PayPal adds Apple Pay support for small merchants using Advanced Checkout

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PayPal is adding new tools for small business owners, including Apple Pay support at checkout, the ability for customers to save their cards for this specific site, and access to IC++ pricing.

Small and medium-sized businesses currently have two ways to integrate PayPal into the checkout process. In addition to the Standard Checkout integration that lets you accept PayPal payments with little effort, the company also has an Advanced Checkout integration feature for businesses that want more personalizations and payment features. Businesses that chose the latter option can now accept Apple Pay payments from their customers. The checkout tool already offers customers several options: they can make payments via PayPal, Venmo and PayPal Pay Later, as well as credit cards.

Last year, PayPal and Venmo announced support for Apple’s tap-to-pay-on-iPhone solution. It marked the beginning of a new business relationship between Apple and the payments company.

PayPal also adds a tool to the checkout product. Customers can choose to store their cards in a secure vault for that specific e-commerce business – the card is not stored in a PayPal account as customers do not need a PayPal account for card payments. So if users often shop at that company, they don’t have to key in their card details every time. The payment company also has support for account updater and network token service, which automatically updates details when lost or stolen cards are reissued on file.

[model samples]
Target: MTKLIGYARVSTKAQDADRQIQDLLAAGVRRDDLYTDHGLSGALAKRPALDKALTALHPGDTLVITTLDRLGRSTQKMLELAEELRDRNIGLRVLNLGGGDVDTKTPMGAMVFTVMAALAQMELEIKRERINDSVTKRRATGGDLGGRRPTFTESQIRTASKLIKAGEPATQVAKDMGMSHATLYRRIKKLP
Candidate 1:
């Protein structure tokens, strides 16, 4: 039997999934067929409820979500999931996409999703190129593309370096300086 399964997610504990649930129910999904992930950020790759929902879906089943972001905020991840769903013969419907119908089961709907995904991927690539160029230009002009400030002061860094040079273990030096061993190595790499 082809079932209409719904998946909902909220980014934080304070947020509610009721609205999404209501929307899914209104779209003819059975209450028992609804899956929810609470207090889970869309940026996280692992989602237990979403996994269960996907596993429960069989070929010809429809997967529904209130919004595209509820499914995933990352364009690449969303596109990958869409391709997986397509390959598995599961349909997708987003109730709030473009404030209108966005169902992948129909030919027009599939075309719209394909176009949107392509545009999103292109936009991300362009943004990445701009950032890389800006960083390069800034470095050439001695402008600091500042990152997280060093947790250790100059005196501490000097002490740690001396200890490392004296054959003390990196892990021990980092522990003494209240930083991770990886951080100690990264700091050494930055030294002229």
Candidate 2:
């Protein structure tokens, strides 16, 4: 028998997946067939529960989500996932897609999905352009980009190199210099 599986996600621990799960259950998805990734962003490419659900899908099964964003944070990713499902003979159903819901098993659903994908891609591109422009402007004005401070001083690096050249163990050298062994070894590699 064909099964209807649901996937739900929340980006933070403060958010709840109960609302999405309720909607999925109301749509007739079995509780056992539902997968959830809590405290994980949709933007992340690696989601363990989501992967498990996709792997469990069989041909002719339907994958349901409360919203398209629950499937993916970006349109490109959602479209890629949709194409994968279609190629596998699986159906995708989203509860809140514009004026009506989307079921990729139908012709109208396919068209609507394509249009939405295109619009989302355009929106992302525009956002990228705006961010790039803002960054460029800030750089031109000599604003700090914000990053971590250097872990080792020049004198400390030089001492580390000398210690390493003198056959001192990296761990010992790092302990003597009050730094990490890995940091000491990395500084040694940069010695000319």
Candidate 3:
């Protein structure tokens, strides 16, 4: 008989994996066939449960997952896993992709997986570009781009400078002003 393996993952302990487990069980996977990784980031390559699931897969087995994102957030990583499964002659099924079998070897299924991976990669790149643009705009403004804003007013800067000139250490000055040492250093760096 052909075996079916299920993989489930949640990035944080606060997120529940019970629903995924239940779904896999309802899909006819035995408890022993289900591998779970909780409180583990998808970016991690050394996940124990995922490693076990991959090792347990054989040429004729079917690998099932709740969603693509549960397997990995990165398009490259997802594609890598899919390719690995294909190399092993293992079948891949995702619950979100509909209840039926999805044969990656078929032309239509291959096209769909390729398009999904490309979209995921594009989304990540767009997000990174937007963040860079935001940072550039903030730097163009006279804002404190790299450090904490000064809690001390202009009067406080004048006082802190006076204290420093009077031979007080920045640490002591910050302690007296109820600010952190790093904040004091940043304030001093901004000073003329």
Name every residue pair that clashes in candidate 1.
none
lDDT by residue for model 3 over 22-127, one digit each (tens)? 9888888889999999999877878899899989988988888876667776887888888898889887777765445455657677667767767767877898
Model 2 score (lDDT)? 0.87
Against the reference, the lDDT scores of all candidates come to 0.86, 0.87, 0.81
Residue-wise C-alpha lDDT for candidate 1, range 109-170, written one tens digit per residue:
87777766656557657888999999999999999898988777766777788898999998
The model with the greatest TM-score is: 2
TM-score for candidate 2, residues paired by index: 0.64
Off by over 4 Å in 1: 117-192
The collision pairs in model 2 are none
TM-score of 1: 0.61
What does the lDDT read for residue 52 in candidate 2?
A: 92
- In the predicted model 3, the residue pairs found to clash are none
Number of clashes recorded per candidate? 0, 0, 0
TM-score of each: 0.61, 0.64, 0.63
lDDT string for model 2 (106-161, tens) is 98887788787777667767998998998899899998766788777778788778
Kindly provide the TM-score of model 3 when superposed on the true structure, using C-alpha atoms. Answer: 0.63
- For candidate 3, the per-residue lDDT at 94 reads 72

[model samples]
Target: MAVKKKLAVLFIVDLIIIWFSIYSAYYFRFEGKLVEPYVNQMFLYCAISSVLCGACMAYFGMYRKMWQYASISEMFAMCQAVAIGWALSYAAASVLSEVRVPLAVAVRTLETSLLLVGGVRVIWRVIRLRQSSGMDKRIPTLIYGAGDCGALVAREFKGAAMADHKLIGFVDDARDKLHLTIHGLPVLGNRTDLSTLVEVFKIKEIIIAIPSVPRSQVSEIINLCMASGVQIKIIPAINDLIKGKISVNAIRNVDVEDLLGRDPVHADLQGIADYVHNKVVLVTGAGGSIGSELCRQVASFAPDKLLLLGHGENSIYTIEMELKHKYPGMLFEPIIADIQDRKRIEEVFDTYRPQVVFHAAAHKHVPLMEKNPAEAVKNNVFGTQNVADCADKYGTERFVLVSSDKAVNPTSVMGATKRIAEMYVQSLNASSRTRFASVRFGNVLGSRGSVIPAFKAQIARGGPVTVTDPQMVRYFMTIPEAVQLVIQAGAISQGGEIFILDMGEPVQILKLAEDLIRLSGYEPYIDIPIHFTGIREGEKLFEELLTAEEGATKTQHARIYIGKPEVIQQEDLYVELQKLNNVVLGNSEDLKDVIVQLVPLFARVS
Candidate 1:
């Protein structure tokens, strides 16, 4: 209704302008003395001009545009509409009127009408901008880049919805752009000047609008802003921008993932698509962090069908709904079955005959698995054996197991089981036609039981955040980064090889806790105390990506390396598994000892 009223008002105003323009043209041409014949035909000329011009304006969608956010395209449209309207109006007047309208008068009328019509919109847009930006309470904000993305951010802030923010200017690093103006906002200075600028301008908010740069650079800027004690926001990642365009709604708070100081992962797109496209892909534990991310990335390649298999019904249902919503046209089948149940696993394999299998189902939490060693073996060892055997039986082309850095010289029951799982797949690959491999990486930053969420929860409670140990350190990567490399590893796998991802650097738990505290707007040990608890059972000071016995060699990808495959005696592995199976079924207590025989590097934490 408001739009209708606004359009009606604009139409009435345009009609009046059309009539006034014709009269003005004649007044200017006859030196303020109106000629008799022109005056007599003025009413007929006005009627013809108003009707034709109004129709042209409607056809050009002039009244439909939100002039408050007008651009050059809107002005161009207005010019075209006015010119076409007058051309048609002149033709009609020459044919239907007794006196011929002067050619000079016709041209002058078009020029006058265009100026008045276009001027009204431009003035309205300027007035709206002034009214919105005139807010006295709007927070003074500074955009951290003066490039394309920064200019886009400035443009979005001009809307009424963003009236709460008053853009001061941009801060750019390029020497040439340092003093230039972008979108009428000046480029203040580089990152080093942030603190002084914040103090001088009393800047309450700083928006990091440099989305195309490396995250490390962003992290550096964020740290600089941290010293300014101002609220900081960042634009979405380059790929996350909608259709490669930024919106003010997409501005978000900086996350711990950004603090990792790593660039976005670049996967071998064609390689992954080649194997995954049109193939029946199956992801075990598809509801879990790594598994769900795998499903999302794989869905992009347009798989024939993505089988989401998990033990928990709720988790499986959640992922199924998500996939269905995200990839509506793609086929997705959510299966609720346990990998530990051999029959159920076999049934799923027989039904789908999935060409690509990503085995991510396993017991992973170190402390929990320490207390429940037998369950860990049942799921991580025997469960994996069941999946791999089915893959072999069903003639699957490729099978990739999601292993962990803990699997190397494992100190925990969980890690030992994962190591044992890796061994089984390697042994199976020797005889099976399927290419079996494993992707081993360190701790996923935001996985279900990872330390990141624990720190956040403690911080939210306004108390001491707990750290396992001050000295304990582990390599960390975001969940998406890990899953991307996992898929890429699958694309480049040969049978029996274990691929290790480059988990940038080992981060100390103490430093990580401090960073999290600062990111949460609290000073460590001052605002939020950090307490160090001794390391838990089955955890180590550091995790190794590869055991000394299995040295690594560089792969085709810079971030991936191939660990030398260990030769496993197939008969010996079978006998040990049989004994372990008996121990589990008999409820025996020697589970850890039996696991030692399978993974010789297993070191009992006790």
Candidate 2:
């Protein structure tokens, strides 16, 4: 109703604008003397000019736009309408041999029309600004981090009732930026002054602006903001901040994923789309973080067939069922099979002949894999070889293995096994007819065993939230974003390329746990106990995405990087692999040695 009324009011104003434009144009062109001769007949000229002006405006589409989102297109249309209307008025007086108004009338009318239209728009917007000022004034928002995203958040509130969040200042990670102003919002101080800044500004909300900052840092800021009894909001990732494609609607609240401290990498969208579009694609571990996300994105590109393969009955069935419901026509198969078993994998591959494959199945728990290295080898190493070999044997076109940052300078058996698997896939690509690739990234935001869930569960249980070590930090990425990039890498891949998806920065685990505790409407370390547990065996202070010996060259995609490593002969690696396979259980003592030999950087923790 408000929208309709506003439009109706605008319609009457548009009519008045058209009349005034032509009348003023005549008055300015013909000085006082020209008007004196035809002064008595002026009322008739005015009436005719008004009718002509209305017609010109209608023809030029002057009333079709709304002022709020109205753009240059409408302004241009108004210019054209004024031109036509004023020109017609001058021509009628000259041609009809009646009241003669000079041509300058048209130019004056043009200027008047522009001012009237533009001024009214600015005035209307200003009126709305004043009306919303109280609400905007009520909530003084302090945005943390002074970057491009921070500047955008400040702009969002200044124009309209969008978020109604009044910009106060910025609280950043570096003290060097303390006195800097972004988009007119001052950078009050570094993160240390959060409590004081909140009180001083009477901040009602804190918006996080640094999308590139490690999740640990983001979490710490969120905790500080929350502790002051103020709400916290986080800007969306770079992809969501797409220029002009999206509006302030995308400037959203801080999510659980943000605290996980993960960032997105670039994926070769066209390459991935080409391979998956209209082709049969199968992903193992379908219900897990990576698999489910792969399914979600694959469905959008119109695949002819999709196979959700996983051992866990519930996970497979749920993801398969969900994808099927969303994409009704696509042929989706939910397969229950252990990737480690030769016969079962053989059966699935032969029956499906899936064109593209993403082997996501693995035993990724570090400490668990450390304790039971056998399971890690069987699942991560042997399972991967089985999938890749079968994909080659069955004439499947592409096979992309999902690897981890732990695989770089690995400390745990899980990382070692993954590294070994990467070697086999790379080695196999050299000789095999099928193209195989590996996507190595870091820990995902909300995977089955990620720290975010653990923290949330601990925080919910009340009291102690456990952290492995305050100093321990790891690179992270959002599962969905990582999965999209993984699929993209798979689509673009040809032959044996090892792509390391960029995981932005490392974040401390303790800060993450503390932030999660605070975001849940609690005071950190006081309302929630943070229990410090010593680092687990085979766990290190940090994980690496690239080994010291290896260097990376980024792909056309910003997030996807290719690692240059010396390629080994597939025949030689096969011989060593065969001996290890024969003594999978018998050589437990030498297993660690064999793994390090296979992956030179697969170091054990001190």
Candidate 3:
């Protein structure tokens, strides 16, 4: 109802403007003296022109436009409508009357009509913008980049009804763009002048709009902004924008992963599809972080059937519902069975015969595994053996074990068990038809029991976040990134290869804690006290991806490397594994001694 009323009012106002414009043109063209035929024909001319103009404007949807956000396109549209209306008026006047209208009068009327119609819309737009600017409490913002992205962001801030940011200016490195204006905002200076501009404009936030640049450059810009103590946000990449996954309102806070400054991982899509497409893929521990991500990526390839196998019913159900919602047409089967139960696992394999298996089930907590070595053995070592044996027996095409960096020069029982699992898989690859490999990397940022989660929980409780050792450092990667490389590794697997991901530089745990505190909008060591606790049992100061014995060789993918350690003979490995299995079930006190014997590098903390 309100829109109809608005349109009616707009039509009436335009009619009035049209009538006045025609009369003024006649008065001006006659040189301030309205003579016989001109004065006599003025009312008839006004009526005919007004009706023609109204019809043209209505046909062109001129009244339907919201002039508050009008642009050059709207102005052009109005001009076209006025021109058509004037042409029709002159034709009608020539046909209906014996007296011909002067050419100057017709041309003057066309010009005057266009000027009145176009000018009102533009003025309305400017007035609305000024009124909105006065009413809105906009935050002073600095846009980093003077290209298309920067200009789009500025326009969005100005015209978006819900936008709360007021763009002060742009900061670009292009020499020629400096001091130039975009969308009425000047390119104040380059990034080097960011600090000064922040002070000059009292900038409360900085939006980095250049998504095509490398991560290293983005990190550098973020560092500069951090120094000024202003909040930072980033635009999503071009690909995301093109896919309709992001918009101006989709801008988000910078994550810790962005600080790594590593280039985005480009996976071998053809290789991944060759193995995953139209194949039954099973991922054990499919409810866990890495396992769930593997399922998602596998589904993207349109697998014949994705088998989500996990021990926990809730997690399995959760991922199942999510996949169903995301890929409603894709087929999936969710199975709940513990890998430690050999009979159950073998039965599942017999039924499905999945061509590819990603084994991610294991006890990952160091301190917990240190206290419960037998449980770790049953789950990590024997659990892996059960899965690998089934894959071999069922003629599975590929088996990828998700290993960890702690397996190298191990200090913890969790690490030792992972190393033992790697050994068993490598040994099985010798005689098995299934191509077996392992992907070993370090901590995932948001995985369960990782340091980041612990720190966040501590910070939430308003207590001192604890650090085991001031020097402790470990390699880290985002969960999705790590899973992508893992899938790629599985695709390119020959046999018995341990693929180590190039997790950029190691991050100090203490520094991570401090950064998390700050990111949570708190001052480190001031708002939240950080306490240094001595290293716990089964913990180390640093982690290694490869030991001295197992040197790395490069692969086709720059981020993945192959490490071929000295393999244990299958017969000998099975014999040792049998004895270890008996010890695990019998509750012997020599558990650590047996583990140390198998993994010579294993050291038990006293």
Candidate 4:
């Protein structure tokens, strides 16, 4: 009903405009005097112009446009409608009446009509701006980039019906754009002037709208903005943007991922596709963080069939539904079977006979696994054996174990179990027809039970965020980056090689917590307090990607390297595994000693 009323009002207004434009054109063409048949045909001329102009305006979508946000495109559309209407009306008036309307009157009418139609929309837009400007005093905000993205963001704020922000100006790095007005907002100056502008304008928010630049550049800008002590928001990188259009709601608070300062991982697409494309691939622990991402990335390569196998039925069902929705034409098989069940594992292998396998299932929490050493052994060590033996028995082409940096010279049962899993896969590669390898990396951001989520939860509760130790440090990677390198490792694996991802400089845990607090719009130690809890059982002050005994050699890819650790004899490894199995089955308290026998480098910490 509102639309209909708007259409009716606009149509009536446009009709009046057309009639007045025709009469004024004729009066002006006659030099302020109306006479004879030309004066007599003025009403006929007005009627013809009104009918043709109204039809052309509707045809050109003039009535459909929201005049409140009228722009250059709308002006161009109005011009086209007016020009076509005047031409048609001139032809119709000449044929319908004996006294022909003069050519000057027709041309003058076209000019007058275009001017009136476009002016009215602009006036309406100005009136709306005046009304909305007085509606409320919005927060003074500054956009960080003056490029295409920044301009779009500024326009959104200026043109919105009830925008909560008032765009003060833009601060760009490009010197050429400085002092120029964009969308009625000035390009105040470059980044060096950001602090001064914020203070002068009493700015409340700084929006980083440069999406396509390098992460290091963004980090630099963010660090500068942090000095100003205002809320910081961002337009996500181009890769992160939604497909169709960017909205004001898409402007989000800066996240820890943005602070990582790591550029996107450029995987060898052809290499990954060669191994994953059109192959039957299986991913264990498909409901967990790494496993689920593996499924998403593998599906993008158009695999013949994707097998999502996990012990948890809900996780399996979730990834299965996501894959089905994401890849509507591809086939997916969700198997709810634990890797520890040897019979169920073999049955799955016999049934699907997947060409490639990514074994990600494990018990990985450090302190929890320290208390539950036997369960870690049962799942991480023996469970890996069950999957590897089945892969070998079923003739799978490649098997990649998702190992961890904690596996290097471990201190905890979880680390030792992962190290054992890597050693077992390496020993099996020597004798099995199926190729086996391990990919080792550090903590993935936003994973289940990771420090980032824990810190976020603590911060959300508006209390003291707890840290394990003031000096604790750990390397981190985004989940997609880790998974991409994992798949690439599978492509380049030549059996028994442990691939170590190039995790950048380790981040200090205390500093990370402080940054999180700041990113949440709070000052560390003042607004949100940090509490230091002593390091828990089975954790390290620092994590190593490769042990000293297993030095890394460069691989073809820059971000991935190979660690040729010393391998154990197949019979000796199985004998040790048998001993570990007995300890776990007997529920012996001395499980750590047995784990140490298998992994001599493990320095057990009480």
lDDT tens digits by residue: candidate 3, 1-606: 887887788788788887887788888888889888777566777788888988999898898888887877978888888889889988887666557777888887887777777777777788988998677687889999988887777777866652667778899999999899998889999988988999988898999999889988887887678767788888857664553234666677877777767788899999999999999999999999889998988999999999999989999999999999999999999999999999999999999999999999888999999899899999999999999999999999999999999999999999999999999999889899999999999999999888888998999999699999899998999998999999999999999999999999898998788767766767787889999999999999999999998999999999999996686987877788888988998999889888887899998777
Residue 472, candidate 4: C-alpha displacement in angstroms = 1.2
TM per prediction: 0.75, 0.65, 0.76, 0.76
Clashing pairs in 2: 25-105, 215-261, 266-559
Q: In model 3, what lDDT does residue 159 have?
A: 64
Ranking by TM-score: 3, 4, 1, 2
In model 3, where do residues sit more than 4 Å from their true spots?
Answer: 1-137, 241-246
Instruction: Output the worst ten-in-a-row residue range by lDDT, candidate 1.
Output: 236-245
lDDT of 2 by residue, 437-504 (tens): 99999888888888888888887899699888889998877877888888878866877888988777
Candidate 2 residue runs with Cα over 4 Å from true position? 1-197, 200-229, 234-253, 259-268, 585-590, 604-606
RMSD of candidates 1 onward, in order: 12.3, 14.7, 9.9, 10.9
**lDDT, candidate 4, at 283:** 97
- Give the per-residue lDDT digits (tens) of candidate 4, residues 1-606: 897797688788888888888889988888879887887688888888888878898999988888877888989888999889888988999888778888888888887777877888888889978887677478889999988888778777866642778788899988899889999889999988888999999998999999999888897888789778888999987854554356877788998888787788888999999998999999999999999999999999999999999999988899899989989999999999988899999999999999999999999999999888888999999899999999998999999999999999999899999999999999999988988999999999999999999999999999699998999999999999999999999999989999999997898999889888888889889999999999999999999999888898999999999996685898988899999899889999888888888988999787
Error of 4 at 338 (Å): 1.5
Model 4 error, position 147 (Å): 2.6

Nitin Prabhu, the company’s VP of merchant experiences and payment solutions, told AapkaDost over the phone that with Advanced Checkout, the company doesn’t share purchase information with other competitors. But he said the data they collect from a merchant site can be used to offer their products, including PayPal Pay Later. He also noted that PayPal uses the data to mitigate risk and fraud.

The fintech is also introducing the IC++ pricing model for companies. Until now, PayPal offered a flat fee model for advanced checkout. But Prabhu said that for medium-sized companies earning several million a year, IC++ could offer a good alternative. The IC++ structure consists of interchange fees (charged by the issuing bank), card network fees (charged by a network such as Visa and Mastercard), and formatting fees collected by PayPal. This method allows merchants to see if they can incentivize customers to use cards from a specific bank or network.

PayPal faces competition from Amazon, which launched the Buy with Prime product with checkout and shipping in January. In a recent message to customers, asset management/research firm Bernstein said that companies are offering services beyond the checkout button, which has historically been PayPal’s main strength.

“For other payment buttons, such as PayPal, the pitch of payment buttons has been increasing double-digit sales conversion for years. Today, just the checkout button is becoming more and more commonplace as nearly a dozen options now exist and guest checkout (the real point of friction for consumers) is shrinking. While Buy With Prime may not be a big deal on its own in the context of overall e-commerce (which is bigger than eRetail), we’re concerned about the risk of stock loss from a thousand cuts for PayPal. As a reminder, the core button remains the profit engine for PayPal, and within that business, SMBs are PayPal’s bread and butter (with very attractive economies),” the note read.

PayPal has also tried to be a payment option for various e-commerce purchases. Last year, it partnered with Amazon to offer customers Venmo as a payment option.

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